Re-evaluating the role of international law in territorial and maritime disputes in East Asia
Hitoshi Nasu and Donald R. Rothwell
Host item entries:
Asian journal of international law, Vol. 4, issue 1, January 2014, p. 55-79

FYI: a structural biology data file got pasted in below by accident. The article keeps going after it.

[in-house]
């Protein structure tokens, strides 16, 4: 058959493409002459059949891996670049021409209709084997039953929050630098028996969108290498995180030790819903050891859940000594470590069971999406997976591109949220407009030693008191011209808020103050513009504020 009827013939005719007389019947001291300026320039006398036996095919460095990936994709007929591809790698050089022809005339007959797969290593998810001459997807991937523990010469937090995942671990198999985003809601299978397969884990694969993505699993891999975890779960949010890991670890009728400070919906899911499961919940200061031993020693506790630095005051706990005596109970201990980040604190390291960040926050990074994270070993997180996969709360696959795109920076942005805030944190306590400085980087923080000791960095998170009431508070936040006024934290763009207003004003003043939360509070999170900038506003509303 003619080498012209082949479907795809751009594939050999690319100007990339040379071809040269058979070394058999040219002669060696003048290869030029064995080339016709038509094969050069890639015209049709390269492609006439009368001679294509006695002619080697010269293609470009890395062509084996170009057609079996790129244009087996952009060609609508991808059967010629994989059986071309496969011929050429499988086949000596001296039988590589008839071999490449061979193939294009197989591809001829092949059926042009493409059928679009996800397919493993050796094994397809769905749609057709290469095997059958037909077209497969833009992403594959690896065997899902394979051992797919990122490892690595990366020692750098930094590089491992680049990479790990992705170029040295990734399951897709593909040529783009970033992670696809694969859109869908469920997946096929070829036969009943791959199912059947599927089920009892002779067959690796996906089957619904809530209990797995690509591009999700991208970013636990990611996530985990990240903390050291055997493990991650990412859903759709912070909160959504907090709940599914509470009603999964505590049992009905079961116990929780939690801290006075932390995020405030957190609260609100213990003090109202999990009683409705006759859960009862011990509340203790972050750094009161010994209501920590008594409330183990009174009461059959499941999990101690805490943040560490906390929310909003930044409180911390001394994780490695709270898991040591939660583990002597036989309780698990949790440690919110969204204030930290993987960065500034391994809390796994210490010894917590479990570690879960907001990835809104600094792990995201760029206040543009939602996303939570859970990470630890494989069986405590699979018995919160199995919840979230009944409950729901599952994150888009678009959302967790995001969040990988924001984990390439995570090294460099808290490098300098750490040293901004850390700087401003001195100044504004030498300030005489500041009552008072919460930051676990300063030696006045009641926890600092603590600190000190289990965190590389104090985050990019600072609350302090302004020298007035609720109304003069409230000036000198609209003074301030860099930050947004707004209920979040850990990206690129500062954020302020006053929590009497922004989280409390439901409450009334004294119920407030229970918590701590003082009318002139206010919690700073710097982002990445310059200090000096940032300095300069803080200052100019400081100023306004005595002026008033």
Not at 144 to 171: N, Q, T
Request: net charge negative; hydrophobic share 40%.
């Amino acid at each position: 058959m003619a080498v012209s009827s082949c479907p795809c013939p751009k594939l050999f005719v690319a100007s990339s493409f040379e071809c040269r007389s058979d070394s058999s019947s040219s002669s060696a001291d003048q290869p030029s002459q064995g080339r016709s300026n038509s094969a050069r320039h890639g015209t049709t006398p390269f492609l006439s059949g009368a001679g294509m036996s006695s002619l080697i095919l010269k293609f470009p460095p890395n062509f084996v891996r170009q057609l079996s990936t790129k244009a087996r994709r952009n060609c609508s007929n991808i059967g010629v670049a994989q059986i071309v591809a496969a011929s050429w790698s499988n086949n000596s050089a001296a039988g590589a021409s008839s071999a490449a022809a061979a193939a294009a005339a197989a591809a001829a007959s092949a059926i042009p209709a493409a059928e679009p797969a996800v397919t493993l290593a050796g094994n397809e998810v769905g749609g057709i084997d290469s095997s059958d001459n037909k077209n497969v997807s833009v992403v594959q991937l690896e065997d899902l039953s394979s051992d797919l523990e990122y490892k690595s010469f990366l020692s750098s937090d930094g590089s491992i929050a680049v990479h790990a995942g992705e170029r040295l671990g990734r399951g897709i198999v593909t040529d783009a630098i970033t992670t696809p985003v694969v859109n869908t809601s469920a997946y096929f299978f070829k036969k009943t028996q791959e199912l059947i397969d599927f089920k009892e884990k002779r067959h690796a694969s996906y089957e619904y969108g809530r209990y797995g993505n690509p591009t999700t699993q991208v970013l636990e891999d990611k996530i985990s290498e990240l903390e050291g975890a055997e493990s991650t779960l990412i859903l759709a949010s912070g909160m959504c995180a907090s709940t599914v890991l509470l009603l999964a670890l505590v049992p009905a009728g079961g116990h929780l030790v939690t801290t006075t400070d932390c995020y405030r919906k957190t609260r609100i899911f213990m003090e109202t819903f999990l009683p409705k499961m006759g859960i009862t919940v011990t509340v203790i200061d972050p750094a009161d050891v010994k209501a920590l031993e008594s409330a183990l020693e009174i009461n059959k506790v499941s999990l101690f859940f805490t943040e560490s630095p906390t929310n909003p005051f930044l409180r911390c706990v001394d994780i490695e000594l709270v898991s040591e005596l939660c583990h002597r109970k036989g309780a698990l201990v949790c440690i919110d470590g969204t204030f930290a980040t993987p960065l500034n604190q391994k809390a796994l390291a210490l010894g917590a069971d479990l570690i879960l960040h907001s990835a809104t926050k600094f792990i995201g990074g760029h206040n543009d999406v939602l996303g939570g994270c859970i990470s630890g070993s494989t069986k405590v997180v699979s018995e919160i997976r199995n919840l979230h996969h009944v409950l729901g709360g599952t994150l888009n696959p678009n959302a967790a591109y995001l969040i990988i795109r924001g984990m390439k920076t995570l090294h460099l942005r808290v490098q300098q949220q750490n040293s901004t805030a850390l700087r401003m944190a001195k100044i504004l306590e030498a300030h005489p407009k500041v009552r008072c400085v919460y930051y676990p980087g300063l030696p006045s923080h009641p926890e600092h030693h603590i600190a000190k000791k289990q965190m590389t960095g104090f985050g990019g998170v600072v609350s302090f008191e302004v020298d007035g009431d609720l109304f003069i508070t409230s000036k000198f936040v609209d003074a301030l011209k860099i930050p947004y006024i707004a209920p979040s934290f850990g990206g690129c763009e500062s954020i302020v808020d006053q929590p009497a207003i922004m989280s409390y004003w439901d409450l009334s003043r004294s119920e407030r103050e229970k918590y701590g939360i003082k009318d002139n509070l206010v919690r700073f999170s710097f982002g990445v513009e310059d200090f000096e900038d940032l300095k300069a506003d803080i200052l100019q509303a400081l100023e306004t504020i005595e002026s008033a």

Recently increased tensions across East Asia over territorial and maritime disputes show glimpses of brinkmanship. However, the past experiences of Western colonization and Japan's imperialism within the region add complexity to those disputes challenging our understanding of legal debates surrounding territorial and maritime disputes. This article examines the extent to which the relevant rules of international law are capable of providing "justice" by accommodating the unique historical contexts in the region in settling highly politically sensitive territorial and maritime claims. It finds that the existing rules of international law are more than capable of accommodating the peculiar historical contexts of East Asia in the resolution of territorial and maritime disputes, whilst acknowledging that certain ambiguities in the law are contributing to some of the current tensions that have arisen over these disputes.
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